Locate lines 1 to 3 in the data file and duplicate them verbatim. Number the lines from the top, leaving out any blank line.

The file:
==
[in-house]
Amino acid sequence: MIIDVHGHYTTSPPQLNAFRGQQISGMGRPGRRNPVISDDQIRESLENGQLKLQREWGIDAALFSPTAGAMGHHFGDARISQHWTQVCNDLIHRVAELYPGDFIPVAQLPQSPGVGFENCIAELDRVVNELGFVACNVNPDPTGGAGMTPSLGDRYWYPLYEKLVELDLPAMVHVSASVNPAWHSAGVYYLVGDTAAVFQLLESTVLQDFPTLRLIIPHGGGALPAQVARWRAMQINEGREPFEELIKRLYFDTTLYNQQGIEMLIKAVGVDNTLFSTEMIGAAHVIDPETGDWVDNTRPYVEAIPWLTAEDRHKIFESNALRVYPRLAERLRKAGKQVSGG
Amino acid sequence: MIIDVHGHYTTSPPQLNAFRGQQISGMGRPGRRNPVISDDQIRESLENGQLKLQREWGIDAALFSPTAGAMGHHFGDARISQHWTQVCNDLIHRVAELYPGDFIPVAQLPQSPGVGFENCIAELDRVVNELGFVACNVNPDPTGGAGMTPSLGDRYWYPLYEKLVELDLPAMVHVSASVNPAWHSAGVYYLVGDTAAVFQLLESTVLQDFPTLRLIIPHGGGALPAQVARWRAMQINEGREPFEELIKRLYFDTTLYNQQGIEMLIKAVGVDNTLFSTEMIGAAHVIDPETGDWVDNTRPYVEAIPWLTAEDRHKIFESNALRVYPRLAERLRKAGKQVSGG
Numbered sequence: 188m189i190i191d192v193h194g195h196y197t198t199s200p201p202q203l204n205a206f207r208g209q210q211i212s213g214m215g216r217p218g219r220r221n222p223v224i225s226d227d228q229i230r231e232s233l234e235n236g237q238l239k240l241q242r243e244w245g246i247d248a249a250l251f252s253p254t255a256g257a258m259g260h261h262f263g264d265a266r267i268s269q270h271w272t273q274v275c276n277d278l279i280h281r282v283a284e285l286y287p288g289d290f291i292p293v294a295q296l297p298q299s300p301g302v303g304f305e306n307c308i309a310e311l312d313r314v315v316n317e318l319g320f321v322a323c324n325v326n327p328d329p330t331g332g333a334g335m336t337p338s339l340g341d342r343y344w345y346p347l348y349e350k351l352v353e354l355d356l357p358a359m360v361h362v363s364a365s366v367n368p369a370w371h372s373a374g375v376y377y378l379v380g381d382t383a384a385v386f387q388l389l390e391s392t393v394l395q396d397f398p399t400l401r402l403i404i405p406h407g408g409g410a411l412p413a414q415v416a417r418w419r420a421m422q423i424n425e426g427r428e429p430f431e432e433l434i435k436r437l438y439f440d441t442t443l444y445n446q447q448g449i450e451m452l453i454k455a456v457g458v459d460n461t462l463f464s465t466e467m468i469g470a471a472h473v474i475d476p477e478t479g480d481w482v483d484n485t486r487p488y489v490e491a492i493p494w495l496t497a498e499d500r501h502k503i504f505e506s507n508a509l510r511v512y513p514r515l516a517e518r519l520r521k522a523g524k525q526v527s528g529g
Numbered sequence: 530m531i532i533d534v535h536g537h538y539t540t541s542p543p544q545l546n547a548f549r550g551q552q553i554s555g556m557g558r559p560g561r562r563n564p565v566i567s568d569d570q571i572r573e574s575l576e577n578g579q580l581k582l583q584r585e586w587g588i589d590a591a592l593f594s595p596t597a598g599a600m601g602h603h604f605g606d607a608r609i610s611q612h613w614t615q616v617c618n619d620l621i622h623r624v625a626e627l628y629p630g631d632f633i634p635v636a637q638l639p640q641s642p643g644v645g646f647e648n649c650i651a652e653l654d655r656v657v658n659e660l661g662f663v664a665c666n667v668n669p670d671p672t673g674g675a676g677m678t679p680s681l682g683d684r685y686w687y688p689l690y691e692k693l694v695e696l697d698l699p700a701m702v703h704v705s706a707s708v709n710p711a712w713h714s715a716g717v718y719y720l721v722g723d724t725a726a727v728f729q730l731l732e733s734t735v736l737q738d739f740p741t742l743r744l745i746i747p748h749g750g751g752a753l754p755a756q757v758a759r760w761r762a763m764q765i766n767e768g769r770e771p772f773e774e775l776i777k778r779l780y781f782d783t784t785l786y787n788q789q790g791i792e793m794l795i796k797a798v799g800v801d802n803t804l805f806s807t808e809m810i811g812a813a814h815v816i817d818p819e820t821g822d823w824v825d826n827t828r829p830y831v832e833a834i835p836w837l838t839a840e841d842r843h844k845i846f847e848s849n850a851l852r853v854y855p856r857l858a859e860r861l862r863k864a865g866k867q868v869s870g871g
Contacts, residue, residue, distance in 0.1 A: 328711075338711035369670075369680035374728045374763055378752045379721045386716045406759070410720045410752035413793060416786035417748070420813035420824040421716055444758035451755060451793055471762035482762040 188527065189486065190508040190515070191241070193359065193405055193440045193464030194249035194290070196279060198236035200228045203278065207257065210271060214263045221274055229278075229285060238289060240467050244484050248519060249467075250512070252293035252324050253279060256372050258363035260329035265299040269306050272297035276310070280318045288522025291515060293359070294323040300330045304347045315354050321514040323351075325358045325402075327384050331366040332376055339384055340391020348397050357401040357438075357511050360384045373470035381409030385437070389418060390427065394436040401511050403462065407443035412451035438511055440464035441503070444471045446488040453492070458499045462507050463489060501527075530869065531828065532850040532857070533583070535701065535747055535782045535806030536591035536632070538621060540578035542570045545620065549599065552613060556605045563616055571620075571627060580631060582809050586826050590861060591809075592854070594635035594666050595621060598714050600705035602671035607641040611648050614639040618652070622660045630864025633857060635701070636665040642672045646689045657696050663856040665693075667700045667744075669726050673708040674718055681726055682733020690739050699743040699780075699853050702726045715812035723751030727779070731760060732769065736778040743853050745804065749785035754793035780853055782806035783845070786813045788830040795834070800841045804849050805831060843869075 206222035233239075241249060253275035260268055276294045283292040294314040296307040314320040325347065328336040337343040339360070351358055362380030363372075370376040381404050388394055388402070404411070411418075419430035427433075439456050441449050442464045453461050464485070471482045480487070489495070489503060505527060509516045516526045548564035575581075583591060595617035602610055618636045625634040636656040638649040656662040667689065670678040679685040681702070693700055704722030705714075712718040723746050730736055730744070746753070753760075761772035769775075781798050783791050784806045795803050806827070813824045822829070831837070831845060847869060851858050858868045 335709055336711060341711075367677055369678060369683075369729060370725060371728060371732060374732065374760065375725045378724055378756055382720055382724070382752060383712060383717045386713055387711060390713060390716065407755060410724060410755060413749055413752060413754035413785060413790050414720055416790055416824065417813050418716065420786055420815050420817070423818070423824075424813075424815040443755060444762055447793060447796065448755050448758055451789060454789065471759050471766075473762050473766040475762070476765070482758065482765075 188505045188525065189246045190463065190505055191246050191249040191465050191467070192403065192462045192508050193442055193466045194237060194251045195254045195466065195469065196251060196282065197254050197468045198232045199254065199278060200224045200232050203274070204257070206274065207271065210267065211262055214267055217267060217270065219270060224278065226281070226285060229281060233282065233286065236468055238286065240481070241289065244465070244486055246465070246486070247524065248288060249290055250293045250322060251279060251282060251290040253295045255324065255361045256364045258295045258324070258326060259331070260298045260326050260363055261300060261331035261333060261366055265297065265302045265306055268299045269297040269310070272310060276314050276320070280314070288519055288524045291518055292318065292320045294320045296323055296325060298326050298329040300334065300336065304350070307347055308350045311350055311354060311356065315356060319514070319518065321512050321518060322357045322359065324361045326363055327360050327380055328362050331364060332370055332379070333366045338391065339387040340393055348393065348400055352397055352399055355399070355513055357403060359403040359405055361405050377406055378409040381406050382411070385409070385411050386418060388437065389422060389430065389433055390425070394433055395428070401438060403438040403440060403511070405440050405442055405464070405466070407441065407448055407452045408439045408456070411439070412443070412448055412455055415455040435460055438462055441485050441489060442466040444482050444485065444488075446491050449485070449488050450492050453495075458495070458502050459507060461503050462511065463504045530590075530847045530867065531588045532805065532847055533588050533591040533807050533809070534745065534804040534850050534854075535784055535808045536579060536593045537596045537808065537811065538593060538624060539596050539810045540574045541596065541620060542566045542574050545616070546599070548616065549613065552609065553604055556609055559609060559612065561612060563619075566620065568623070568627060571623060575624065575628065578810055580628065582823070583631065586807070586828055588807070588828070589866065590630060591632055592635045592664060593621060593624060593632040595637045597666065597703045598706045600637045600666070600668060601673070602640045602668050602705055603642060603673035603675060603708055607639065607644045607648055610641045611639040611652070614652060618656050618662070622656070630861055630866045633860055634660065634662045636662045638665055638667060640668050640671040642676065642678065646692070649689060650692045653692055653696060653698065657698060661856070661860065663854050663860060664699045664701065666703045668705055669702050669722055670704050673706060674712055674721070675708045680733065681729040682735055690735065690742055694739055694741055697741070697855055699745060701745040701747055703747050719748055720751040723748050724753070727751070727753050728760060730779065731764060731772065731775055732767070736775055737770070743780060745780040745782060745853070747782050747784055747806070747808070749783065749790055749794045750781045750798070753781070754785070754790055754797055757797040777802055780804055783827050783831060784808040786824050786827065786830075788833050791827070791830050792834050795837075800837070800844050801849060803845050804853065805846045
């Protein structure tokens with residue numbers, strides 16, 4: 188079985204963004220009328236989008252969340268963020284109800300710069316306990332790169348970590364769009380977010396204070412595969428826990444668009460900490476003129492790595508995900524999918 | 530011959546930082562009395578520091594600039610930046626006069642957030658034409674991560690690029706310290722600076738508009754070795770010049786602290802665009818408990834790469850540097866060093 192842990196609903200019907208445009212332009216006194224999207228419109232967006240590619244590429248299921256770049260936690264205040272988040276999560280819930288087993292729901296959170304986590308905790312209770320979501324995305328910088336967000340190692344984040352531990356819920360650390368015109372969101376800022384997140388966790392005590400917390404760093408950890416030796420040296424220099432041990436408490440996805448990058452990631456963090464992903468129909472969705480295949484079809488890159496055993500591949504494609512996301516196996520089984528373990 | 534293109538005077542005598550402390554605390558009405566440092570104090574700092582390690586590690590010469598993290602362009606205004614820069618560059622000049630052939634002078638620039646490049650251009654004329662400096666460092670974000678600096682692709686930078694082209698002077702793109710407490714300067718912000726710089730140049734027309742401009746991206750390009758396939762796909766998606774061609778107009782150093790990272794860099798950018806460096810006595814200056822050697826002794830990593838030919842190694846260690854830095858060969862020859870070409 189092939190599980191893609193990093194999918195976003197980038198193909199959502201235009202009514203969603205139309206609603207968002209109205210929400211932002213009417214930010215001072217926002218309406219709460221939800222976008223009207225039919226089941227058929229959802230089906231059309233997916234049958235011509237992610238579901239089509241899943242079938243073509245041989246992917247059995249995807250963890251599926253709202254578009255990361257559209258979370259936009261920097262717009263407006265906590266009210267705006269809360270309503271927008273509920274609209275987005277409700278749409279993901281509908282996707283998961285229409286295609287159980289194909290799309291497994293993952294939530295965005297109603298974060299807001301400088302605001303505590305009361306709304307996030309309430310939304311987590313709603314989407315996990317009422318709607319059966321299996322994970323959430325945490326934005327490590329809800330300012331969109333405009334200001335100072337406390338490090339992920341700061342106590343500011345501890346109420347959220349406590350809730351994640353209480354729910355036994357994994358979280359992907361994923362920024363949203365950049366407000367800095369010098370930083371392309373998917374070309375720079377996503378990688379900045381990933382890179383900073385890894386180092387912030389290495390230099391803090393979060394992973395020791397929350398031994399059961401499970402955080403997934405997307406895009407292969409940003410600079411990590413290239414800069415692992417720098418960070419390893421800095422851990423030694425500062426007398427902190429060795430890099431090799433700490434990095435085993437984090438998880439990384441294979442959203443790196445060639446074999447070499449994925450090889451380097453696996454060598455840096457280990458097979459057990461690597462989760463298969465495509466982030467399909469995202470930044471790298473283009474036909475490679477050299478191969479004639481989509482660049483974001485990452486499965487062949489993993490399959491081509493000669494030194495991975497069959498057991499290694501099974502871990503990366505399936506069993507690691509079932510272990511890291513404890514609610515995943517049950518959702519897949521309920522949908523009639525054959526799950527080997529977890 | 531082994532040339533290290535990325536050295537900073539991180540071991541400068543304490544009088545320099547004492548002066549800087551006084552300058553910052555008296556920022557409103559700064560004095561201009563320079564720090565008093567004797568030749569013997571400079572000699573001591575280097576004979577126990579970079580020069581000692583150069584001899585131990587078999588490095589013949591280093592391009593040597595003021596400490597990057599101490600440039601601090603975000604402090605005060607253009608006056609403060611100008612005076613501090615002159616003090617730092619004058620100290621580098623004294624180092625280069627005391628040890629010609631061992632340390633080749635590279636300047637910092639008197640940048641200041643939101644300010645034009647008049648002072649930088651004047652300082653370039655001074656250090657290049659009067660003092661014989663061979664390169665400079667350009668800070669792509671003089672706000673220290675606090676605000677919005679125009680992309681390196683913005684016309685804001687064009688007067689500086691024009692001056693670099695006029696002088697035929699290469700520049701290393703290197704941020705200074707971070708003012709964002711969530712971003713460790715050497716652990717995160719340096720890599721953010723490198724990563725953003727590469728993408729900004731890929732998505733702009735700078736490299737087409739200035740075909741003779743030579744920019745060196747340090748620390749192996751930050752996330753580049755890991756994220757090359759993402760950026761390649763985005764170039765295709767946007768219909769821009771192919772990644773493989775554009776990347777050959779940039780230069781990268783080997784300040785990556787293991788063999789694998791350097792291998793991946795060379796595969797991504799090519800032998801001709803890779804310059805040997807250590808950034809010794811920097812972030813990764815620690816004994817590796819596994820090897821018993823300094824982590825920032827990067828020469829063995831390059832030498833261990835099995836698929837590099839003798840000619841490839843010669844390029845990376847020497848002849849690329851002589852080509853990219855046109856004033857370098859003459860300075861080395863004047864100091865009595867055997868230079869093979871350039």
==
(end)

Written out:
[in-house]
Amino acid sequence: MIIDVHGHYTTSPPQLNAFRGQQISGMGRPGRRNPVISDDQIRESLENGQLKLQREWGIDAALFSPTAGAMGHHFGDARISQHWTQVCNDLIHRVAELYPGDFIPVAQLPQSPGVGFENCIAELDRVVNELGFVACNVNPDPTGGAGMTPSLGDRYWYPLYEKLVELDLPAMVHVSASVNPAWHSAGVYYLVGDTAAVFQLLESTVLQDFPTLRLIIPHGGGALPAQVARWRAMQINEGREPFEELIKRLYFDTTLYNQQGIEMLIKAVGVDNTLFSTEMIGAAHVIDPETGDWVDNTRPYVEAIPWLTAEDRHKIFESNALRVYPRLAERLRKAGKQVSGG
Amino acid sequence: MIIDVHGHYTTSPPQLNAFRGQQISGMGRPGRRNPVISDDQIRESLENGQLKLQREWGIDAALFSPTAGAMGHHFGDARISQHWTQVCNDLIHRVAELYPGDFIPVAQLPQSPGVGFENCIAELDRVVNELGFVACNVNPDPTGGAGMTPSLGDRYWYPLYEKLVELDLPAMVHVSASVNPAWHSAGVYYLVGDTAAVFQLLESTVLQDFPTLRLIIPHGGGALPAQVARWRAMQINEGREPFEELIKRLYFDTTLYNQQGIEMLIKAVGVDNTLFSTEMIGAAHVIDPETGDWVDNTRPYVEAIPWLTAEDRHKIFESNALRVYPRLAERLRKAGKQVSGG